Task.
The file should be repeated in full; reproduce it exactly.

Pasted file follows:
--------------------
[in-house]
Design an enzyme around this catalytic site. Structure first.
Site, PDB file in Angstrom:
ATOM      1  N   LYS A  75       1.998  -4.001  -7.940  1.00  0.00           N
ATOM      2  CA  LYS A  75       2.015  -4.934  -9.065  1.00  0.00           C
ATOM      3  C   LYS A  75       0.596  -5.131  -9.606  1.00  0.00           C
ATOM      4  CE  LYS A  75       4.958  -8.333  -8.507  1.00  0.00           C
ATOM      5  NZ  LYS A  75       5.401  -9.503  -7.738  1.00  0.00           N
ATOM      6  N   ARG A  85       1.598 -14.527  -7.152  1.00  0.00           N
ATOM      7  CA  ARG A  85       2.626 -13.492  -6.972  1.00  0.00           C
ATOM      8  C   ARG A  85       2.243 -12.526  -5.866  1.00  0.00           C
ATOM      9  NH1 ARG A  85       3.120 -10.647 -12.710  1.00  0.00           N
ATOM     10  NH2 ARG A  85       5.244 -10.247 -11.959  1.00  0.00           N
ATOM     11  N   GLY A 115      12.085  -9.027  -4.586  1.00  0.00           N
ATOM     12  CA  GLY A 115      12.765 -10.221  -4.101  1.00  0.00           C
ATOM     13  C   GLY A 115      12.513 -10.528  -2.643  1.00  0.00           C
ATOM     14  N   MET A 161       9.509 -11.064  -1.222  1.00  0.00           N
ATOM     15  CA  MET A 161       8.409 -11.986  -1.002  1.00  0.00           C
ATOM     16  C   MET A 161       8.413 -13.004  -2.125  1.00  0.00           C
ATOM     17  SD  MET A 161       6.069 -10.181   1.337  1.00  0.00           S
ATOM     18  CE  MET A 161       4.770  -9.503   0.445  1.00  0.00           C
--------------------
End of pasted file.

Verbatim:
[in-house]
Design an enzyme around this catalytic site. Structure first.
Site, PDB file in Angstrom:
ATOM      1  N   LYS A  75       1.998  -4.001  -7.940  1.00  0.00           N
ATOM      2  CA  LYS A  75       2.015  -4.934  -9.065  1.00  0.00           C
ATOM      3  C   LYS A  75       0.596  -5.131  -9.606  1.00  0.00           C
ATOM      4  CE  LYS A  75       4.958  -8.333  -8.507  1.00  0.00           C
ATOM      5  NZ  LYS A  75       5.401  -9.503  -7.738  1.00  0.00           N
ATOM      6  N   ARG A  85       1.598 -14.527  -7.152  1.00  0.00           N
ATOM      7  CA  ARG A  85       2.626 -13.492  -6.972  1.00  0.00           C
ATOM      8  C   ARG A  85       2.243 -12.526  -5.866  1.00  0.00           C
ATOM      9  NH1 ARG A  85       3.120 -10.647 -12.710  1.00  0.00           N
ATOM     10  NH2 ARG A  85       5.244 -10.247 -11.959  1.00  0.00           N
ATOM     11  N   GLY A 115      12.085  -9.027  -4.586  1.00  0.00           N
ATOM     12  CA  GLY A 115      12.765 -10.221  -4.101  1.00  0.00           C
ATOM     13  C   GLY A 115      12.513 -10.528  -2.643  1.00  0.00           C
ATOM     14  N   MET A 161       9.509 -11.064  -1.222  1.00  0.00           N
ATOM     15  CA  MET A 161       8.409 -11.986  -1.002  1.00  0.00           C
ATOM     16  C   MET A 161       8.413 -13.004  -2.125  1.00  0.00           C
ATOM     17  SD  MET A 161       6.069 -10.181   1.337  1.00  0.00           S
ATOM     18  CE  MET A 161       4.770  -9.503   0.445  1.00  0.00           C